Ex-UCLA researcher gets 4 months for snooping

LOS ANGELES Huping Zhou, 47, pleaded guilty in January to four misdemeanor counts of violating the federal privacy provision of the Health Insurance and Portability and Accountability Act. He admitted to obtaining individual health information without a valid reason, medical or otherwise.

He is one of the first people the nation convicted of violating the privacy provisions of the /*HIPAA*/. He's the first defendant in the nation to receive a prison sentence for doing it.

Zhou is a licensed cardio thoracic surgeon in China. In 2003 he was hired as a researcher at the /*UCLA school of Medicine*/. In October 2003, he received notice that he was about to be fired. He accessed his supervisor's medical records, and those of other co-workers. In the following days, he accessed records belonging to various celebrities. Investigators say he checked out patient records 323 times during a three-week period.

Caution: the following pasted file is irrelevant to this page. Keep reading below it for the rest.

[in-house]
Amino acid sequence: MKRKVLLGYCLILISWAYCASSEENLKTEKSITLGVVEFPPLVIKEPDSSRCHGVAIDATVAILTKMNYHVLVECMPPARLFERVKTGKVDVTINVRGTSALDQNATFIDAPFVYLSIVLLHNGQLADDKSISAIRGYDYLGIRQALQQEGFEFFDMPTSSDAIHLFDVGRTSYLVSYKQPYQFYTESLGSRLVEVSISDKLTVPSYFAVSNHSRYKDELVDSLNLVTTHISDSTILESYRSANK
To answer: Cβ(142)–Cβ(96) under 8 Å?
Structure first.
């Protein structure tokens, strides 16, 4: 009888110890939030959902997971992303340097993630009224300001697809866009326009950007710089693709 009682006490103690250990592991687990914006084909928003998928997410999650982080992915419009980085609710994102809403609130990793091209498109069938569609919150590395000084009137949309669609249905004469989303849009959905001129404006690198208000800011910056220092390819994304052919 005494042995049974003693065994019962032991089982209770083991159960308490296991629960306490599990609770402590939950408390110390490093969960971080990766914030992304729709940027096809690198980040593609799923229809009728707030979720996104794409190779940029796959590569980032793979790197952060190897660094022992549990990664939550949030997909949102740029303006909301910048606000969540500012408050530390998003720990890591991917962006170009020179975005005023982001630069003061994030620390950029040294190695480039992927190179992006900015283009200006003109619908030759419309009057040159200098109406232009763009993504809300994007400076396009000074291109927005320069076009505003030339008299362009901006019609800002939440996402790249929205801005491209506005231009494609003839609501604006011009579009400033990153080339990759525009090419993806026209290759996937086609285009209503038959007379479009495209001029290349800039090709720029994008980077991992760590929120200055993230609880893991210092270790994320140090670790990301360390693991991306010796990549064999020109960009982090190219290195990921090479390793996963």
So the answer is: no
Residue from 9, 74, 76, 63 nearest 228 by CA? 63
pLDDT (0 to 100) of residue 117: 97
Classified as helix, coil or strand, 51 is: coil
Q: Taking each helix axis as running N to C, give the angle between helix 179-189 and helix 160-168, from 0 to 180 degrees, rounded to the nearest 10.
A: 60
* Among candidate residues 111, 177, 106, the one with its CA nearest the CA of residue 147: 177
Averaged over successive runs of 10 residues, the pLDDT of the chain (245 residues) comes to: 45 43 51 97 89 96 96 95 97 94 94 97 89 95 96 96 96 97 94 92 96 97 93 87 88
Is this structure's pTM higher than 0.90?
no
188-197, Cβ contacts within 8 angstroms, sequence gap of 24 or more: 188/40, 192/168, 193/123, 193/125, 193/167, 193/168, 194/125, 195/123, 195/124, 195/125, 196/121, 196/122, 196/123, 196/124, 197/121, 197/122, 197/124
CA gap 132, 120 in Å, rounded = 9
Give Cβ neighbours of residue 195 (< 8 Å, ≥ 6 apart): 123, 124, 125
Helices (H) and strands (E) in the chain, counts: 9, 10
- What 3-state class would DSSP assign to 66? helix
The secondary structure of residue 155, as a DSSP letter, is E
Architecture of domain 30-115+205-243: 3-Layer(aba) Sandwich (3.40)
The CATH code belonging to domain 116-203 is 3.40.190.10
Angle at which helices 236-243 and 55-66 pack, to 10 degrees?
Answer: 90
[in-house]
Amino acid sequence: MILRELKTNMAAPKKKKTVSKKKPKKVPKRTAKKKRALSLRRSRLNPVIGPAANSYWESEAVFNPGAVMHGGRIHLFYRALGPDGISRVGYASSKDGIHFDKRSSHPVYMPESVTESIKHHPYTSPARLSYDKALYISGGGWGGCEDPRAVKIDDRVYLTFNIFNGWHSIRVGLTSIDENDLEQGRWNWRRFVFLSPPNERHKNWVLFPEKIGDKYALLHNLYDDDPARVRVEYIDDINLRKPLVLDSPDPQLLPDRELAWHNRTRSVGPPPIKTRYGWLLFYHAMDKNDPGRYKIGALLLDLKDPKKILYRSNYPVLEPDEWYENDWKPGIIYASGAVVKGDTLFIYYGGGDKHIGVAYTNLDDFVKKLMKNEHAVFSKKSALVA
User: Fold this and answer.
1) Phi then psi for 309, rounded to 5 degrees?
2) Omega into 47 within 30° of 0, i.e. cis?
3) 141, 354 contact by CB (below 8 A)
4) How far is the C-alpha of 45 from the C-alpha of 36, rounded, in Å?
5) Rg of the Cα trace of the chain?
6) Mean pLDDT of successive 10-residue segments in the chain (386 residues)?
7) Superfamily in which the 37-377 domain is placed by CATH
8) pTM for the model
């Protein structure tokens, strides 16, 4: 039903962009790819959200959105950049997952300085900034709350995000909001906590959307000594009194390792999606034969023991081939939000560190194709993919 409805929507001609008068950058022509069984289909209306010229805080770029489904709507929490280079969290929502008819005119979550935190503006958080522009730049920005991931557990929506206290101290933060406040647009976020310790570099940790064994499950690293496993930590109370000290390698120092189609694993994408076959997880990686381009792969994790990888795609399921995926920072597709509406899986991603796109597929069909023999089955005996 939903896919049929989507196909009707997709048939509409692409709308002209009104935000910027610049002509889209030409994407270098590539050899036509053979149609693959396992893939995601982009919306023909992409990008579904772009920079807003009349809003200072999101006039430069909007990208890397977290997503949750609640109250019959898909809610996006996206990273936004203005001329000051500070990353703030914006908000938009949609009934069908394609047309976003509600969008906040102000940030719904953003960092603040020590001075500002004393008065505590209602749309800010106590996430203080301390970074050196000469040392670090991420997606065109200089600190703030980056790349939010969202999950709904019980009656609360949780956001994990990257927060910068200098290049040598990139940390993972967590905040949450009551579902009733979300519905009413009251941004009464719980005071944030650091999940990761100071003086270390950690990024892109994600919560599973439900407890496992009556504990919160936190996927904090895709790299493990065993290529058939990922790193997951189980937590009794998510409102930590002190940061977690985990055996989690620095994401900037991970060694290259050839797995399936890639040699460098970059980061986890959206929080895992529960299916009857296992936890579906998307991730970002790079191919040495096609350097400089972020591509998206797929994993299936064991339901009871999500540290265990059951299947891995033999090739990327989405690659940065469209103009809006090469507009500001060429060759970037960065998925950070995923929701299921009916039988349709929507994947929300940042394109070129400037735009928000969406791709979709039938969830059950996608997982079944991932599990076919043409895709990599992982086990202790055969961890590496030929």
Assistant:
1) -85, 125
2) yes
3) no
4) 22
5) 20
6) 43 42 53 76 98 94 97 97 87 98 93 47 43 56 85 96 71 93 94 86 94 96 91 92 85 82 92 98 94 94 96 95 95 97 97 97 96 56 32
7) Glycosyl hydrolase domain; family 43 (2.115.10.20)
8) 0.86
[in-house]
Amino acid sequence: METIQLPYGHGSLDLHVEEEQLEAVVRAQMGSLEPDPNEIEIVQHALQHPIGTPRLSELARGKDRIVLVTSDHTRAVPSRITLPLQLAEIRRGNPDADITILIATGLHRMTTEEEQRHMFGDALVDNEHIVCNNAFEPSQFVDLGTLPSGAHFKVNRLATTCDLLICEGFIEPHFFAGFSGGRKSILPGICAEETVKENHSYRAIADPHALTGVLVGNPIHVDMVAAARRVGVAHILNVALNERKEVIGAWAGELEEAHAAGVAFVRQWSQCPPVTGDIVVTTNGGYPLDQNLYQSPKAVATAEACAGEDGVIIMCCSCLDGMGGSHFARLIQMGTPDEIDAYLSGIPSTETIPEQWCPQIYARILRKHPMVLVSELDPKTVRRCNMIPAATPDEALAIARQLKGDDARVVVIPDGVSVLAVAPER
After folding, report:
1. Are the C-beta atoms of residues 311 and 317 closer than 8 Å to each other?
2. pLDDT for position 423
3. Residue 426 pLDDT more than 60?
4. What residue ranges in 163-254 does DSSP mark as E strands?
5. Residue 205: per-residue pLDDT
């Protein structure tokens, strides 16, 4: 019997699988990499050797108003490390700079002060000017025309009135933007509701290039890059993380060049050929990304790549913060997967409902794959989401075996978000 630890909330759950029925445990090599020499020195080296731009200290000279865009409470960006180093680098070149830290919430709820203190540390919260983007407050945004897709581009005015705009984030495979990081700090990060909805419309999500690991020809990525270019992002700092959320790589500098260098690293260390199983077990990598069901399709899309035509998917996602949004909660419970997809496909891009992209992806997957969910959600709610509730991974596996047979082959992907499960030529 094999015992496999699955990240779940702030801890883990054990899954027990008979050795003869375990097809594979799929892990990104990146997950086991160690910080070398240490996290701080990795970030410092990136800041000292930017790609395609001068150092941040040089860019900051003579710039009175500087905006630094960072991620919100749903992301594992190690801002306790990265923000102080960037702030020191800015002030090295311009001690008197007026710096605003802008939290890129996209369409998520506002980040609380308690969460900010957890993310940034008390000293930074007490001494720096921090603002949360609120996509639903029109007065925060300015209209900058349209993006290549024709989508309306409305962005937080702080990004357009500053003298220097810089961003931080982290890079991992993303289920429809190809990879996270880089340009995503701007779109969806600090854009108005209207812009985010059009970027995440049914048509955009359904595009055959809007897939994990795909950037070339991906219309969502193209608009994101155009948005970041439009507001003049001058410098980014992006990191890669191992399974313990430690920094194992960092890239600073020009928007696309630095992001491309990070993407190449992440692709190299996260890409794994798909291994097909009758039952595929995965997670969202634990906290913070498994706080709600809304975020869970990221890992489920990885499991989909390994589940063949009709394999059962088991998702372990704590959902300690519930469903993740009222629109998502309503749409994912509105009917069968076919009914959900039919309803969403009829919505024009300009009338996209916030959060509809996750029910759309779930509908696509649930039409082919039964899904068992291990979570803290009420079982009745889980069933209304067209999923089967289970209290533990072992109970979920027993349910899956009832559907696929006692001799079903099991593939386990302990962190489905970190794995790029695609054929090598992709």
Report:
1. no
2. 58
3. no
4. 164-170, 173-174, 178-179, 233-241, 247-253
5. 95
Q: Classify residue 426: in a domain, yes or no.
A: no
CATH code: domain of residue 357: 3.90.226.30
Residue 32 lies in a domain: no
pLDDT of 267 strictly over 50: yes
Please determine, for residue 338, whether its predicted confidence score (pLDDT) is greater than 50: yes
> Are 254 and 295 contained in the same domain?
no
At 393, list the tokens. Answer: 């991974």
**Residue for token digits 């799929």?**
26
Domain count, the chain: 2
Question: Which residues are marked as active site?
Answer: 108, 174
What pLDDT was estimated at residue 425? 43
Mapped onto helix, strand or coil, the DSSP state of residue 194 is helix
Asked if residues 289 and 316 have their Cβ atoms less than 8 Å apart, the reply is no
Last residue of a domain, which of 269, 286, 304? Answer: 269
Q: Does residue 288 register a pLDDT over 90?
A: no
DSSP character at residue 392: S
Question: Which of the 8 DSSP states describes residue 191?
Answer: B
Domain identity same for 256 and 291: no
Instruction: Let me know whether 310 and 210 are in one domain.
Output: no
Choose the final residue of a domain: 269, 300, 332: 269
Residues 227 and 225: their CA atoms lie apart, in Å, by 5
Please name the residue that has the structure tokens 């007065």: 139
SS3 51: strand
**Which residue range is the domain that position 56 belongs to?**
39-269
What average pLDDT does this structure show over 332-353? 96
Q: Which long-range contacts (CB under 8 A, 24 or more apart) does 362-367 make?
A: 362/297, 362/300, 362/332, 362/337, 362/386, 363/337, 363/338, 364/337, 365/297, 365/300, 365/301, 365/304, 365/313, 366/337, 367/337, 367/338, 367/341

In his plea agreement, Zhou admitted he read private patient medical and health information, although he had no legitimate reasons to do so. There is no evidence that he improperly used or tried to sell any of the information that he accessed illegally.

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